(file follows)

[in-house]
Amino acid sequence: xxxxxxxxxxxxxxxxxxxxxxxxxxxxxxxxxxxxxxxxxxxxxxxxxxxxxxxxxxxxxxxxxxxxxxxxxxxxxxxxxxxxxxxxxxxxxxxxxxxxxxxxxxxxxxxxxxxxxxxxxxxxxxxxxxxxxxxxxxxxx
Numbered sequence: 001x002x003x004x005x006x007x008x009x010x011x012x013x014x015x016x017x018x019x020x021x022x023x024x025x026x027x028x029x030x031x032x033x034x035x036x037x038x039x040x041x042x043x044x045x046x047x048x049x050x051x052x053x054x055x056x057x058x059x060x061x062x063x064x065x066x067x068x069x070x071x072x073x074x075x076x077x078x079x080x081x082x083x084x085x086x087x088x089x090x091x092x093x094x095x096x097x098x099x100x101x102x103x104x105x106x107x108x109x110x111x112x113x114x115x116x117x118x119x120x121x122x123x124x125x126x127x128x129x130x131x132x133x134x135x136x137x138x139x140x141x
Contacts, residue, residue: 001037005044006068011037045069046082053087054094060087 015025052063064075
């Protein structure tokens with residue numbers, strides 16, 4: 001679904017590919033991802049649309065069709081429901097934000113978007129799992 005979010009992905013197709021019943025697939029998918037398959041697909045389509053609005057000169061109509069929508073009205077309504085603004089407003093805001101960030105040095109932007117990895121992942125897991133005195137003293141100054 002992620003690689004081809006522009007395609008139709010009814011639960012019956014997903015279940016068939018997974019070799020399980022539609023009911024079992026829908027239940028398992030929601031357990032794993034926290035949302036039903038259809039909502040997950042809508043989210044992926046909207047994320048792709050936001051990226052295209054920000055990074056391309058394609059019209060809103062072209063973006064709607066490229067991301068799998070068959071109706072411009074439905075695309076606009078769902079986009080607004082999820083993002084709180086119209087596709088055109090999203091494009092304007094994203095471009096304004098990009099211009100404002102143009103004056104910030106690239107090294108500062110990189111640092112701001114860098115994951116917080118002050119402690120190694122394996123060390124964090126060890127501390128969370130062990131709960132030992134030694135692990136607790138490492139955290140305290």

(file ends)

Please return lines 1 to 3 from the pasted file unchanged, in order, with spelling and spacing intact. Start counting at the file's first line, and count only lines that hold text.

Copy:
[in-house]
Amino acid sequence: xxxxxxxxxxxxxxxxxxxxxxxxxxxxxxxxxxxxxxxxxxxxxxxxxxxxxxxxxxxxxxxxxxxxxxxxxxxxxxxxxxxxxxxxxxxxxxxxxxxxxxxxxxxxxxxxxxxxxxxxxxxxxxxxxxxxxxxxxxxxx
Numbered sequence: 001x002x003x004x005x006x007x008x009x010x011x012x013x014x015x016x017x018x019x020x021x022x023x024x025x026x027x028x029x030x031x032x033x034x035x036x037x038x039x040x041x042x043x044x045x046x047x048x049x050x051x052x053x054x055x056x057x058x059x060x061x062x063x064x065x066x067x068x069x070x071x072x073x074x075x076x077x078x079x080x081x082x083x084x085x086x087x088x089x090x091x092x093x094x095x096x097x098x099x100x101x102x103x104x105x106x107x108x109x110x111x112x113x114x115x116x117x118x119x120x121x122x123x124x125x126x127x128x129x130x131x132x133x134x135x136x137x138x139x140x141x